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Tropentag, September 9 - 11, 2020, virtual conference

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Effects of Processing Technologies on the Quality of Pasteurised Baobab Nectars Produced in Southern Benin

Ahotondji Mechak Gbaguidi1, Flora Chadare1, Bienvenu Gnanhoui2, Achille Assogbadjo3

1National University of Agriculture, Lab. of Food Science, Benin
2University of Abomey-Calavi, Lab. of Food Science, Benin
3University of Abomey-Calavi, Lab. of Applied Ecology, Benin


Abstract


Baobab is a multifunction tree used by many African rural communities. Its different parts (fruit, leaves, bark) are used in food industry and also for medicinal and cosmetic purposes. Baobab nectar, a product derived from baobab fruit pulp is widely consumed in Africa. The present research aimed to characterise the processing technologies of pasteurised baobab nectar, used by Beninese processors, and assess their effects on its quality. For identifying the technologies, a semi-structured interview was realised with the heads of the different processing units, based mainly in the cities of “Abomey-Calavi” and “Cotonou”; this survey was followed by a processing follow up in selected processing units. Based on identified processing technologies and to assess the processing’s effect, pasteurised baobab nectars were produced at the laboratory scale and the derived nectars were analysed for dry matter, Brix value, pH, titratable acidity, colour (L*, a*, b*) and vitamin C. The survey revealed two different processing technologies based on the number of thermal treatments which are the bulk thermal unitary operation and the in-pack pasteurisation. The assessment of the technologies’ effects revealed that the pasteurised nectars were characterised by Brix value, pH, titratable acidity, dry matter, lightness (L*), vitamin C of respectively, 12.2±0.0, 2.6±0.0, 735.0±22.9 g L-1 dw, 12.7±0.0 g/100 g, 74.3±0.1, 209.8±8.7 mg/100 g dw for the technology involving both thermal treatments, and 12.9±0.2, 2.7±0.1, 717.0±21.2 g L-1 dw, 13.2±0.3 g/100 g, 73.4±0.3, 180.1±7.0 mg/100 g dw for the technology involving only the in-pack pasteurisation. Both technologies lead to significantly identic (p>0.05) nectars considering the colour, the titratable acidity, the dry matter and the vitamin C content; the two technologies are significantly different on the basis of their Brix value (p≤0.05). The vitamin C content decreased by about 40% according to the technology with two thermal treatments, and by about 30% when using the technology with a single pasteurisation. Further studies on this type of nectar produced by local processors, must be extended to sensorial properties for identifying the best pasteurisation techniques that meet scales adapted to processors and consumers’ needs.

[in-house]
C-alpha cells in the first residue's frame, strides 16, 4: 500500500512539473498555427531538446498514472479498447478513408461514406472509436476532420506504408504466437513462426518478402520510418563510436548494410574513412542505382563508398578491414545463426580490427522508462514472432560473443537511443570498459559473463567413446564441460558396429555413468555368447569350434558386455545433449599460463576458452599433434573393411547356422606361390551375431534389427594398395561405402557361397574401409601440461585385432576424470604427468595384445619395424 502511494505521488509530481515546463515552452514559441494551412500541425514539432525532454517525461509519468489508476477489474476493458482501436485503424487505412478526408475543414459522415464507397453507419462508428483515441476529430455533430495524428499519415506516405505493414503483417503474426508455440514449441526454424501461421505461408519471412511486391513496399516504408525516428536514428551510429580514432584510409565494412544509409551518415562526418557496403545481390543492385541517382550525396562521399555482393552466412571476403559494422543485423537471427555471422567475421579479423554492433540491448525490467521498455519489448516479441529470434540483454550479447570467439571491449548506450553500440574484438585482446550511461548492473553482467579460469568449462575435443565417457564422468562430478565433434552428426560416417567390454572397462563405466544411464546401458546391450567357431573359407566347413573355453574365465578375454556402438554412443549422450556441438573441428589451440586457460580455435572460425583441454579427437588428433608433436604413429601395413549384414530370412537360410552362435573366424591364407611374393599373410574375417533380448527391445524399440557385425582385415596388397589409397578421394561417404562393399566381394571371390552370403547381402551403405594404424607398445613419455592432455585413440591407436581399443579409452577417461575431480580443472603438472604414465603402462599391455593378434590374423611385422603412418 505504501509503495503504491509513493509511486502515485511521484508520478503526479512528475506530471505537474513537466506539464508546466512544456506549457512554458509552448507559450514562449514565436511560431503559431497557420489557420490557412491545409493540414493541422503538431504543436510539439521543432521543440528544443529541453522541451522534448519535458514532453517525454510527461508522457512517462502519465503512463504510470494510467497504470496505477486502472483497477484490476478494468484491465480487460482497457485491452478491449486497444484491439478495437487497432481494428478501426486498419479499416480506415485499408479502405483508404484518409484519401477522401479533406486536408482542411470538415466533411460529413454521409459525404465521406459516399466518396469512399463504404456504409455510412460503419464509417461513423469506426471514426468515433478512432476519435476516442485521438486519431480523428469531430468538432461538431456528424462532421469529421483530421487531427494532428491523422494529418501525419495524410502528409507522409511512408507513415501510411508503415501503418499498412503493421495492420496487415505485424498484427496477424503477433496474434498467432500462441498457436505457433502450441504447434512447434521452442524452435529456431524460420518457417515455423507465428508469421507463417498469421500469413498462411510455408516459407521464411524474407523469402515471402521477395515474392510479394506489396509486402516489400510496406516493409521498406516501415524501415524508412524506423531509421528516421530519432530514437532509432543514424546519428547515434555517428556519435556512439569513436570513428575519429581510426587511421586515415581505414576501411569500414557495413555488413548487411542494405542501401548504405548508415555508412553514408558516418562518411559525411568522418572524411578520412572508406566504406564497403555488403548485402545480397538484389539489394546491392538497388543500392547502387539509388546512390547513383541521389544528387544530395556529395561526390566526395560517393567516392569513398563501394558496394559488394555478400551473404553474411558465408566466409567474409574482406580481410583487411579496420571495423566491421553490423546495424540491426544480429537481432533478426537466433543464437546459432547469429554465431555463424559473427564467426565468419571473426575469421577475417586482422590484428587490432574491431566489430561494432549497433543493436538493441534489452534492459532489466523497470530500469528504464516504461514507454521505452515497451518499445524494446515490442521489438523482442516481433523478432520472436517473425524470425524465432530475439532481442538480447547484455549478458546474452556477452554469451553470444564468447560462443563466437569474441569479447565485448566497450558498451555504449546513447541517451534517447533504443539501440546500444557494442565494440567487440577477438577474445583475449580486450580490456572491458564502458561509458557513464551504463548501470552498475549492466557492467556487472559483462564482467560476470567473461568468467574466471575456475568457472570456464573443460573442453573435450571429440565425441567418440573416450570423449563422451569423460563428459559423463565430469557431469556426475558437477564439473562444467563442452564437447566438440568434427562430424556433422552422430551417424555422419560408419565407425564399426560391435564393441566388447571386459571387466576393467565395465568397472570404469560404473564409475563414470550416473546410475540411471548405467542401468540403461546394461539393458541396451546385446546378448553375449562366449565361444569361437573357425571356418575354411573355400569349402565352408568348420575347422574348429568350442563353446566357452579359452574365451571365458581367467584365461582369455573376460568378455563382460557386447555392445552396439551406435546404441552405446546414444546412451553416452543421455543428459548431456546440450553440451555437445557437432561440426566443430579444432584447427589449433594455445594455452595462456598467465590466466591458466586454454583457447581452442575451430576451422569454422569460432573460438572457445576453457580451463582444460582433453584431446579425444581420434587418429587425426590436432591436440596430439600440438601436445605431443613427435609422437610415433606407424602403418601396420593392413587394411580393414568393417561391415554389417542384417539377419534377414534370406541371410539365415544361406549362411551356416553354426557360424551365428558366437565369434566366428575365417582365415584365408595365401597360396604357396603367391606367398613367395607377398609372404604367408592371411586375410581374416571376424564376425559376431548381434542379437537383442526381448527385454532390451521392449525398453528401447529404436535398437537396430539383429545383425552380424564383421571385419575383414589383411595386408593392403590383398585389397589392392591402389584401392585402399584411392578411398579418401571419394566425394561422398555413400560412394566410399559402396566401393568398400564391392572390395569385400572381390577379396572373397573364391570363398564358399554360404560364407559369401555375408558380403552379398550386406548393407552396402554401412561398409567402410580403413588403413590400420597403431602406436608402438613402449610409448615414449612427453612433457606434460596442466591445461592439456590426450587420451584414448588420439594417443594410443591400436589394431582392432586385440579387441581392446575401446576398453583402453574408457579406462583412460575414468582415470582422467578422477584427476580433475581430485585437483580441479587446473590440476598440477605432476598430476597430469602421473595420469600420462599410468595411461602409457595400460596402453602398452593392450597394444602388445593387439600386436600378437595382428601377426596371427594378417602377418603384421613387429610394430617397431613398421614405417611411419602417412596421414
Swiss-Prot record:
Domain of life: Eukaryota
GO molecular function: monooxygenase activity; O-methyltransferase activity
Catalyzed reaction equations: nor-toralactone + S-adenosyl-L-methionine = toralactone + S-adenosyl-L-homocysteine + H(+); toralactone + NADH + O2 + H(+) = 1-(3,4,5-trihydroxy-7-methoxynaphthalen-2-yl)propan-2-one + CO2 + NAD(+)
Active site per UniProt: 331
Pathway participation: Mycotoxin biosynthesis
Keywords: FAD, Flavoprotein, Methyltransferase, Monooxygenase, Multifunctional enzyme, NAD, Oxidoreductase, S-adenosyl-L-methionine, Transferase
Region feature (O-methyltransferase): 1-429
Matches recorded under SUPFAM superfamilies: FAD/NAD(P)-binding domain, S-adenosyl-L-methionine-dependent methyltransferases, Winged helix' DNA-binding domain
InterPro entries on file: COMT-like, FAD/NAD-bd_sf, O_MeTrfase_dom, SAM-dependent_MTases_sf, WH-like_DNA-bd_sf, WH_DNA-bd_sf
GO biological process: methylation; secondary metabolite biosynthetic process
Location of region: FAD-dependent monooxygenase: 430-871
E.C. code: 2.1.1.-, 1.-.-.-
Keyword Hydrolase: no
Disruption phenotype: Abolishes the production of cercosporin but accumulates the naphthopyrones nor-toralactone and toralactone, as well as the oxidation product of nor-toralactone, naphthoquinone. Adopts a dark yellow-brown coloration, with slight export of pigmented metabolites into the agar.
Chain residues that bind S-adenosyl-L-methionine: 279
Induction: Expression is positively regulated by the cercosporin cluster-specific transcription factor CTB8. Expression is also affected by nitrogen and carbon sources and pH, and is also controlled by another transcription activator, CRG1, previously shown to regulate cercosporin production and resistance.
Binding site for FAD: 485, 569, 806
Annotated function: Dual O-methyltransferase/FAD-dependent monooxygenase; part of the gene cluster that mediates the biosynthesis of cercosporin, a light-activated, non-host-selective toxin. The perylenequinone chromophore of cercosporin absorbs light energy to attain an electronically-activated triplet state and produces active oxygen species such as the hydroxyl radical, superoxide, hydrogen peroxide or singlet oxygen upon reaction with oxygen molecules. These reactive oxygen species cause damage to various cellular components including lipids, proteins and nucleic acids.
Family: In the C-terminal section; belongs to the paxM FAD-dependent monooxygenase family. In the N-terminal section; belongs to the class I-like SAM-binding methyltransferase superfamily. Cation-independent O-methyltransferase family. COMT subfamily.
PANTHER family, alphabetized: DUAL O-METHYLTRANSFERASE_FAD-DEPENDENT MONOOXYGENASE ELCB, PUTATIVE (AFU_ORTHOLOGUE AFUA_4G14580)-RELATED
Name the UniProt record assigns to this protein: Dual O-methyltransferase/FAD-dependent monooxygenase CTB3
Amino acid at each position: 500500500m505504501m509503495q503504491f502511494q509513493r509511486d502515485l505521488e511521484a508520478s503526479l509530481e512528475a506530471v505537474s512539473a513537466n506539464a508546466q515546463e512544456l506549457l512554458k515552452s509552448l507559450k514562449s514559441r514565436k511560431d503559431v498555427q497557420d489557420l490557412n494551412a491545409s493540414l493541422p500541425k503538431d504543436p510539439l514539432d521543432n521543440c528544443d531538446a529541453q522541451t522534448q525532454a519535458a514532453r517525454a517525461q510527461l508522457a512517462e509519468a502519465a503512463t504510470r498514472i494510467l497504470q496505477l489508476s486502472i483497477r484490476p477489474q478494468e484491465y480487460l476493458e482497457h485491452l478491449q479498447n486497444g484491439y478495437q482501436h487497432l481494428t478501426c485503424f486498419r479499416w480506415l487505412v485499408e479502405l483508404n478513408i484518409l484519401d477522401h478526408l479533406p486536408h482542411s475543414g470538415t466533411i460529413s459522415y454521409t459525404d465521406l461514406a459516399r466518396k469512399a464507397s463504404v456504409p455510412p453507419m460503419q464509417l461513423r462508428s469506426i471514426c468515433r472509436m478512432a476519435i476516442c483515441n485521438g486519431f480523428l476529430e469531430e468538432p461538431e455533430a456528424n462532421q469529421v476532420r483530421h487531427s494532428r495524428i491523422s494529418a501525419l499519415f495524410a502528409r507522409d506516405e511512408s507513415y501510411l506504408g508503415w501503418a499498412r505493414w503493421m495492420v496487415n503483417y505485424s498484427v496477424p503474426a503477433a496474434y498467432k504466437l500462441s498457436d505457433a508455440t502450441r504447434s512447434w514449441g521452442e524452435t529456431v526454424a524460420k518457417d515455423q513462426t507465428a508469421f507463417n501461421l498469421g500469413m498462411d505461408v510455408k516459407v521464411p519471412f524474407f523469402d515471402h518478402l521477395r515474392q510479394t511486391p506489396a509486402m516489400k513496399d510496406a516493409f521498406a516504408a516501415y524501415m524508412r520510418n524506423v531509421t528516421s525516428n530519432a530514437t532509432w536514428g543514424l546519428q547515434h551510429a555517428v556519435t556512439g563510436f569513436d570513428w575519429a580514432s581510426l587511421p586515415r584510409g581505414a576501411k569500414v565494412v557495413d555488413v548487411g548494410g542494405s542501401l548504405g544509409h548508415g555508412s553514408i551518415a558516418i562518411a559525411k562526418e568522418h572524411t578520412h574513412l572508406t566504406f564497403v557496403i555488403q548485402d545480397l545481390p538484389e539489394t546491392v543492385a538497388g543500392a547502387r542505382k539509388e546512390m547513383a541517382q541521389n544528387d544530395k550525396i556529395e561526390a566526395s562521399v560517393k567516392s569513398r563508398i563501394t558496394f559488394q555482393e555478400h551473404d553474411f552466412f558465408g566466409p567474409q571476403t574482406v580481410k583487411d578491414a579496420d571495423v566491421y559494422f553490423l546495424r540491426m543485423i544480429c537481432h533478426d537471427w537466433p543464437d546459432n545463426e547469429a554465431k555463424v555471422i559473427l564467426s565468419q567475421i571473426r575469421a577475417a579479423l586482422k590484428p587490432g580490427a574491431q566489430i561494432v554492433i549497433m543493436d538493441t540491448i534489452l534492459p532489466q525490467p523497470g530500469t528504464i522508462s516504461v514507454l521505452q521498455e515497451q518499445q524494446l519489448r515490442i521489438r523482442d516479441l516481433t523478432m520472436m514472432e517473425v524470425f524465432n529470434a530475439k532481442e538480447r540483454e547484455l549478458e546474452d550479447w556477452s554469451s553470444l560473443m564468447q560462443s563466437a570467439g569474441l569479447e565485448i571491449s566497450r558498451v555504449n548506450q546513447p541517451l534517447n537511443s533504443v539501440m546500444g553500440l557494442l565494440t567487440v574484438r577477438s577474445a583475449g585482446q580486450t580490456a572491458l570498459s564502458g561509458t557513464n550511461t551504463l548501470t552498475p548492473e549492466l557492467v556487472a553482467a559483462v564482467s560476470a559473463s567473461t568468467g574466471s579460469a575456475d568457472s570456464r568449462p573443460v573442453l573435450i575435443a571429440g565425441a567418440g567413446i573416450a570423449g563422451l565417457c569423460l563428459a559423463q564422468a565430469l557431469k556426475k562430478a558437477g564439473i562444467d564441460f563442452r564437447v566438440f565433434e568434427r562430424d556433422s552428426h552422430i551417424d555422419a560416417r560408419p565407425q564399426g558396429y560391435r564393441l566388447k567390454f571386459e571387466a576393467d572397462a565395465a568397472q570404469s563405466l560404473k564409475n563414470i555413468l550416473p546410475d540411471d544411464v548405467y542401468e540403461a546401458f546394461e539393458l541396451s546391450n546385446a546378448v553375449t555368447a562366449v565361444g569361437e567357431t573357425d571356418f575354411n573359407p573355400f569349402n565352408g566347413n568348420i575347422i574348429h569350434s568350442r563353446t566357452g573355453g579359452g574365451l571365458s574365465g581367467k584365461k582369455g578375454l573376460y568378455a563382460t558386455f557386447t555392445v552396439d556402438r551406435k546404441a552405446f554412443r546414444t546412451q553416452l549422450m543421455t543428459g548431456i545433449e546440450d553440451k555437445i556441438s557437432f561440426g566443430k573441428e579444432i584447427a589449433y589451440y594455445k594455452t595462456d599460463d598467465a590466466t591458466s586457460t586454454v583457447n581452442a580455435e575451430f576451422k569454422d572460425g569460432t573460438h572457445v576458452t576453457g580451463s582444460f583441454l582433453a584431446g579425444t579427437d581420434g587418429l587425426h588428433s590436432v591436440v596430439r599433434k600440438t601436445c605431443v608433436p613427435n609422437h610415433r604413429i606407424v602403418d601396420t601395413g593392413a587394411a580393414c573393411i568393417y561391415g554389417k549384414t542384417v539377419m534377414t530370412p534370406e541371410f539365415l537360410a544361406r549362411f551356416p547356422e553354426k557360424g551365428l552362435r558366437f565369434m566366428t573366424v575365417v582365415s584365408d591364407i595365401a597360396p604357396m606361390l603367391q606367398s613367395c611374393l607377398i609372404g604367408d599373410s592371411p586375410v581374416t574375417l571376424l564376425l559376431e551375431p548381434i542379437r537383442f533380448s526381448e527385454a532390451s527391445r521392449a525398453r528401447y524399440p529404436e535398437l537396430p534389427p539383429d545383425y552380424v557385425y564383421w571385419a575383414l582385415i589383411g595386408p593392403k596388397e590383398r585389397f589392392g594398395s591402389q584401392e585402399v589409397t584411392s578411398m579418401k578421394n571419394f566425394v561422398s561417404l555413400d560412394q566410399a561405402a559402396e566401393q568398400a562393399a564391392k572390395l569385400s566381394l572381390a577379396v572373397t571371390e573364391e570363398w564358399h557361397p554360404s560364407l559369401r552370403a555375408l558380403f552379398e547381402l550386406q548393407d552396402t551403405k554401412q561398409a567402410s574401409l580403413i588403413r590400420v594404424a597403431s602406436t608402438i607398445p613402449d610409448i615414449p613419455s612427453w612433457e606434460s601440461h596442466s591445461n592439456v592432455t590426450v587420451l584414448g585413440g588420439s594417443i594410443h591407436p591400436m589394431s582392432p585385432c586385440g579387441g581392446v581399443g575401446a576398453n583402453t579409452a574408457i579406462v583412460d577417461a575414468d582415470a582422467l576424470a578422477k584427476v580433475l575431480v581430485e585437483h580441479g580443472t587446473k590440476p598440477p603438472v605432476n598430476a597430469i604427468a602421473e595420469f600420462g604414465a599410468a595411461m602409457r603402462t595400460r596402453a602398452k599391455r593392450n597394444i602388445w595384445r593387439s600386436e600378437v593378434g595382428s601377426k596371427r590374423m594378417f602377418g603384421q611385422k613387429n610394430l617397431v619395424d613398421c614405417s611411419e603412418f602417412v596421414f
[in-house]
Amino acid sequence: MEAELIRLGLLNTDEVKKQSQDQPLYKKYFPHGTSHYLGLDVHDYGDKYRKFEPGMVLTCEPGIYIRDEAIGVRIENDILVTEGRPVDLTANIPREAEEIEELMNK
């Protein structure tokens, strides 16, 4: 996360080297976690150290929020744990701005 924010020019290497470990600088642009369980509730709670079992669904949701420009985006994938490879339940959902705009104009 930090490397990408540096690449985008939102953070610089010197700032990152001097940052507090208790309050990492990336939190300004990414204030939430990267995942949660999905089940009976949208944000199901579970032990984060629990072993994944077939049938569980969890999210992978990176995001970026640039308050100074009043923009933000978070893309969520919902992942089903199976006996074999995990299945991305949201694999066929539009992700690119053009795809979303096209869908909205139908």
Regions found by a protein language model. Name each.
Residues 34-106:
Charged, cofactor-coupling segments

Keywords: Adansonia digitata, colour, food industry, survey, vitamin C


Contact Address: Flora Chadare, National University of Agriculture, School of Food Science Nutrition, BP114, Sakété, Benin, e-mail: fchadare@gmail.com


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